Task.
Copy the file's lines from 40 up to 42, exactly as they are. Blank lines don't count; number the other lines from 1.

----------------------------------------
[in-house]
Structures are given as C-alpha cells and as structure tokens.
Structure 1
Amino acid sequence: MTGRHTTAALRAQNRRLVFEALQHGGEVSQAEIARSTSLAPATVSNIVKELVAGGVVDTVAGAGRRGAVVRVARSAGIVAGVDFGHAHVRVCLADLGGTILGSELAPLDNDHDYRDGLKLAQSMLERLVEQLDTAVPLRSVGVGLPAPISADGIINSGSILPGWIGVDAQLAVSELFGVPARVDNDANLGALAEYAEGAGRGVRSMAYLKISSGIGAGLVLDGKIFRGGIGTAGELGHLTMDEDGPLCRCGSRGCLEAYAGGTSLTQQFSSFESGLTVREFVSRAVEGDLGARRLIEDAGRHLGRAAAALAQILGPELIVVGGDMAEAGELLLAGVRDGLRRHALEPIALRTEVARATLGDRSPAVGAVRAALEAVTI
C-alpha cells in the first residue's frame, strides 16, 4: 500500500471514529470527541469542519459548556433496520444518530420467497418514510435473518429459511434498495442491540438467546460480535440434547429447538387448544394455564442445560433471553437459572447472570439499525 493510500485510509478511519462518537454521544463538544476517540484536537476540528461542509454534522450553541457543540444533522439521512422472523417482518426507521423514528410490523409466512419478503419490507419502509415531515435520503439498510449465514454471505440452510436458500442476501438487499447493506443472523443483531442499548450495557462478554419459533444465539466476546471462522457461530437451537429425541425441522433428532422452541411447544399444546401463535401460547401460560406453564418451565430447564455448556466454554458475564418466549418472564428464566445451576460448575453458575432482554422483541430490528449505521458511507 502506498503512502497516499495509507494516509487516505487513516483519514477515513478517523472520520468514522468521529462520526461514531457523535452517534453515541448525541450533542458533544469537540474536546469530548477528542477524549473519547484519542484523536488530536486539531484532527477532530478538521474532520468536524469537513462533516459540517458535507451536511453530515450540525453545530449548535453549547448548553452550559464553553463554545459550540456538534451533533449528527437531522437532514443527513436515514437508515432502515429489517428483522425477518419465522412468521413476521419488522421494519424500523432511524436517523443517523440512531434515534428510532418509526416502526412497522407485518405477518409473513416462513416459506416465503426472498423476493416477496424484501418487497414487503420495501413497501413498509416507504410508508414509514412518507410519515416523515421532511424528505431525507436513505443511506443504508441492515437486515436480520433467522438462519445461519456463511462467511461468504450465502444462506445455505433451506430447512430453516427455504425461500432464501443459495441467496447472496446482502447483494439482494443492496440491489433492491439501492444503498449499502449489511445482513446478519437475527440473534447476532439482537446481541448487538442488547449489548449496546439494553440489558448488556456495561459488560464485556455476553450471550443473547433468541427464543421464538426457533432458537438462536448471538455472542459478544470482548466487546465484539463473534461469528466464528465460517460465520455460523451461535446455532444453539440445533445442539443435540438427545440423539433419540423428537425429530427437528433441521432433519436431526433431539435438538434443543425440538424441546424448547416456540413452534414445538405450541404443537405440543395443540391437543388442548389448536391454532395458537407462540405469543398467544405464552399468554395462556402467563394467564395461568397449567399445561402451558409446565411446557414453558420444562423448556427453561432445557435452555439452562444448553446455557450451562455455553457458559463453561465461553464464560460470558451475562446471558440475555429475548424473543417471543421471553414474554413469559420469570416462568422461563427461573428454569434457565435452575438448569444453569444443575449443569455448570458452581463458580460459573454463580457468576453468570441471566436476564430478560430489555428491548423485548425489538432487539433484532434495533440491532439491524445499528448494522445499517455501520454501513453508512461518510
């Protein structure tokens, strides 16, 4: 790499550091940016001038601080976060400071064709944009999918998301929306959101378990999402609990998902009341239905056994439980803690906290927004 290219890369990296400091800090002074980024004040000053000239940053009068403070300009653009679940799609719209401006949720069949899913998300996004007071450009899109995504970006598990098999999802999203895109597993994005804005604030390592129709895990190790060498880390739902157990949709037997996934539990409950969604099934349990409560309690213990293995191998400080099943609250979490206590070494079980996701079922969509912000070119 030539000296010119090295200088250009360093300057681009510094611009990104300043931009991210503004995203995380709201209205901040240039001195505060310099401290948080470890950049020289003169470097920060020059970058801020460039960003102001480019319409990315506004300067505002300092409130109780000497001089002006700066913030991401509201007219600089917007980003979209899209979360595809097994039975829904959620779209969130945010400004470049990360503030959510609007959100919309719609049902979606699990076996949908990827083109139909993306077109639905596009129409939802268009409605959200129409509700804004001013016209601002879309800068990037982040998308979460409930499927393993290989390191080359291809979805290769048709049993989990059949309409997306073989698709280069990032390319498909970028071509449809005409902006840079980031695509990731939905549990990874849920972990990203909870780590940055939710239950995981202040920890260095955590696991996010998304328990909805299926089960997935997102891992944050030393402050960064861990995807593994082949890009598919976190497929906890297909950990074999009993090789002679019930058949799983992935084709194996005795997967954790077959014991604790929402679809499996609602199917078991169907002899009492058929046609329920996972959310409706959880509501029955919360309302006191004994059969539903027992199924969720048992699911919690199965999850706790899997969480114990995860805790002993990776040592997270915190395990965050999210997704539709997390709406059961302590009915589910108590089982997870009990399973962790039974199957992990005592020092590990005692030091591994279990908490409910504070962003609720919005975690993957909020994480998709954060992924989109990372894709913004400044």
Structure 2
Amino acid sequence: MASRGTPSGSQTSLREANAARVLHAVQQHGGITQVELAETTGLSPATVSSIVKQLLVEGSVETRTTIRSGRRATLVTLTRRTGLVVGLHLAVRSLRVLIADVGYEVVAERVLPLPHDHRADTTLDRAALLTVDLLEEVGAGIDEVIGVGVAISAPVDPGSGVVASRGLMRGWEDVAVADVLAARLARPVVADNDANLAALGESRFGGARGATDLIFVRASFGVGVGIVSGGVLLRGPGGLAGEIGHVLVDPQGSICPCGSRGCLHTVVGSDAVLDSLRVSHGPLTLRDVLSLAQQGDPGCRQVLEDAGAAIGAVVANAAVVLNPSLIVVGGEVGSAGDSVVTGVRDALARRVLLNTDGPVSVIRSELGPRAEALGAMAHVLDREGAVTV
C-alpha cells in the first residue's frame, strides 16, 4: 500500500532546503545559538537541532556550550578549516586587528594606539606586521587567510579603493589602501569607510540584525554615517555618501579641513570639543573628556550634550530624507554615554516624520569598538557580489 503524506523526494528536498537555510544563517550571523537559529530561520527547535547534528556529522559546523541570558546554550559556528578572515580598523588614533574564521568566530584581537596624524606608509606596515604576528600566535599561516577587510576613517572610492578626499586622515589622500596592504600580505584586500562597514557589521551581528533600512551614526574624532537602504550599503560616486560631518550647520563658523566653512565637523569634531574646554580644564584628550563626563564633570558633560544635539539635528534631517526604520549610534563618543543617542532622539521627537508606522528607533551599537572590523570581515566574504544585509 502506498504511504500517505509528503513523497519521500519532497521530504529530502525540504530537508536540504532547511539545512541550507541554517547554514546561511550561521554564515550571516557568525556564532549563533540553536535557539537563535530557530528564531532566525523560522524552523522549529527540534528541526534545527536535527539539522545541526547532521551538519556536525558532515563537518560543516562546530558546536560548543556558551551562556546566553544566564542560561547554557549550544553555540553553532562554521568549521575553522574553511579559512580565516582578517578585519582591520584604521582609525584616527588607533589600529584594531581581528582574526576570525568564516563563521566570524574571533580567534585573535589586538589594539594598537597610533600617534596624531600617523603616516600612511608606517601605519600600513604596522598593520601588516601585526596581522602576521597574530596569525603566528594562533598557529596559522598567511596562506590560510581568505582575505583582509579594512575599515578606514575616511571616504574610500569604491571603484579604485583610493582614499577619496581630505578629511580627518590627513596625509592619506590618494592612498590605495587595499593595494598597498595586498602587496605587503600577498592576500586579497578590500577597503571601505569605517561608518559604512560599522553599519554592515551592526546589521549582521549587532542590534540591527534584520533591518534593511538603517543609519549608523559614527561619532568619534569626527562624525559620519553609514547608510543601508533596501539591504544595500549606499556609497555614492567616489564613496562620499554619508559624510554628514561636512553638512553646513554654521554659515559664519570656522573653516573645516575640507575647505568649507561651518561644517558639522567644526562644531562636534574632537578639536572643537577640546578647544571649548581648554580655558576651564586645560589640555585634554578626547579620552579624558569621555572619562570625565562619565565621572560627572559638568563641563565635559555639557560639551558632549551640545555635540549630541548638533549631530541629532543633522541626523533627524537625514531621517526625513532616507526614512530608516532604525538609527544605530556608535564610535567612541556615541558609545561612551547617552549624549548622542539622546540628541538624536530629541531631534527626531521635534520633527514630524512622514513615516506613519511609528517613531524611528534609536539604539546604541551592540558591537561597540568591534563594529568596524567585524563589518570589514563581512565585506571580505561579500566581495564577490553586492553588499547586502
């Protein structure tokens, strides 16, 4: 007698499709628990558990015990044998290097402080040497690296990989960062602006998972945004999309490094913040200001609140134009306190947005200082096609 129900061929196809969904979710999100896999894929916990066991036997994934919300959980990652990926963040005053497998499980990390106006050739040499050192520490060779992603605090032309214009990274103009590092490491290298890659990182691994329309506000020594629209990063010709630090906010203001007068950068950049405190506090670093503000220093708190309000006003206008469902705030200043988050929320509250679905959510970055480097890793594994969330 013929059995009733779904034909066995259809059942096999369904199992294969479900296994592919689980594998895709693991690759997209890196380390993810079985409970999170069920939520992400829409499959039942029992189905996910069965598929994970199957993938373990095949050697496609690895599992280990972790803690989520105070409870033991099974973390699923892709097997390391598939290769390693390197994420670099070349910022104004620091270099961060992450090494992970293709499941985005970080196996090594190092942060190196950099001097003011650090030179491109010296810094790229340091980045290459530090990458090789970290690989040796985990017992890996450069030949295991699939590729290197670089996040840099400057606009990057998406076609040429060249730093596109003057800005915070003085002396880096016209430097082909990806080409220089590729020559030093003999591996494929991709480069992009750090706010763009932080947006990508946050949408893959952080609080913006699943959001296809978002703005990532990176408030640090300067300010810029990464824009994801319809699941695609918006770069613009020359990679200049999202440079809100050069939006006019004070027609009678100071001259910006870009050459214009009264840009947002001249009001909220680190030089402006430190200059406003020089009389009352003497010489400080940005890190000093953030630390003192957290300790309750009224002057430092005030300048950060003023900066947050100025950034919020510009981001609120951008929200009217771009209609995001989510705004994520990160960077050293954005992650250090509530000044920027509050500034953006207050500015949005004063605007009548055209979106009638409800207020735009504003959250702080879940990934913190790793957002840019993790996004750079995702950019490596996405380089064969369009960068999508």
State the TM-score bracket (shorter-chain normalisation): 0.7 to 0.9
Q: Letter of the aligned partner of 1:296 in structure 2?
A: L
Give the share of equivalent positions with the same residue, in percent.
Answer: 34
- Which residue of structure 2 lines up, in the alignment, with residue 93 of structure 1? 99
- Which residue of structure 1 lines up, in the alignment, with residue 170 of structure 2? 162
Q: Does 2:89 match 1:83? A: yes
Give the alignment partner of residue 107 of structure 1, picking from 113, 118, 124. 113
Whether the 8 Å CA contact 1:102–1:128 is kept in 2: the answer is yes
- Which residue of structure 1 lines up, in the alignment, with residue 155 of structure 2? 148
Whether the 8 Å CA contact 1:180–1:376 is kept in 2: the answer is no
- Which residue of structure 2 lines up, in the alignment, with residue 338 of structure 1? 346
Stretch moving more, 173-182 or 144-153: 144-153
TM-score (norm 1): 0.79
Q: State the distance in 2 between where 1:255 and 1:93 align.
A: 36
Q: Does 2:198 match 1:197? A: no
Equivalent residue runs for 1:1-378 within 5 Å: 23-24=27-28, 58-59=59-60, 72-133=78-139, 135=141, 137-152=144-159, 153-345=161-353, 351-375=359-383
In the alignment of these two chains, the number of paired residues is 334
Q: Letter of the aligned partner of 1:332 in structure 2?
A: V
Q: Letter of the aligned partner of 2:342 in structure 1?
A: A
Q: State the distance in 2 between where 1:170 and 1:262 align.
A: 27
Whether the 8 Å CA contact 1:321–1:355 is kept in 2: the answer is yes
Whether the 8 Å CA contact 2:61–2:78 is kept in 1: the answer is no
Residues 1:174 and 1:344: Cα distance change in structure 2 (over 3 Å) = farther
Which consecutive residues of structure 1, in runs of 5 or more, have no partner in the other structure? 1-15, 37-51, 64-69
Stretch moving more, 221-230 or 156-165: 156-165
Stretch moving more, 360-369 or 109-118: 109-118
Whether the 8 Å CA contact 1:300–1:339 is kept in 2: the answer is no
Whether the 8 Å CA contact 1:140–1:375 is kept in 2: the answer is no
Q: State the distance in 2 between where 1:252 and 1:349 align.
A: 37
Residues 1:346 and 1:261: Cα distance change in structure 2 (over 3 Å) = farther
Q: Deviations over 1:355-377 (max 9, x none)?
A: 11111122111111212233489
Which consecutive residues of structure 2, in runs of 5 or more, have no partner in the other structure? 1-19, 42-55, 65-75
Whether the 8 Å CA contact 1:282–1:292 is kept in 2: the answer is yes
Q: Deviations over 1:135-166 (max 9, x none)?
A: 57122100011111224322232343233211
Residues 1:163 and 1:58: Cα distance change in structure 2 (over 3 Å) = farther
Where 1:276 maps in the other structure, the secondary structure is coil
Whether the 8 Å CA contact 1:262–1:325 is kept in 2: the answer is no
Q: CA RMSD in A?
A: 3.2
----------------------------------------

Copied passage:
Which consecutive residues of structure 1, in runs of 5 or more, have no partner in the other structure? 1-15, 37-51, 64-69
Stretch moving more, 221-230 or 156-165: 156-165
Stretch moving more, 360-369 or 109-118: 109-118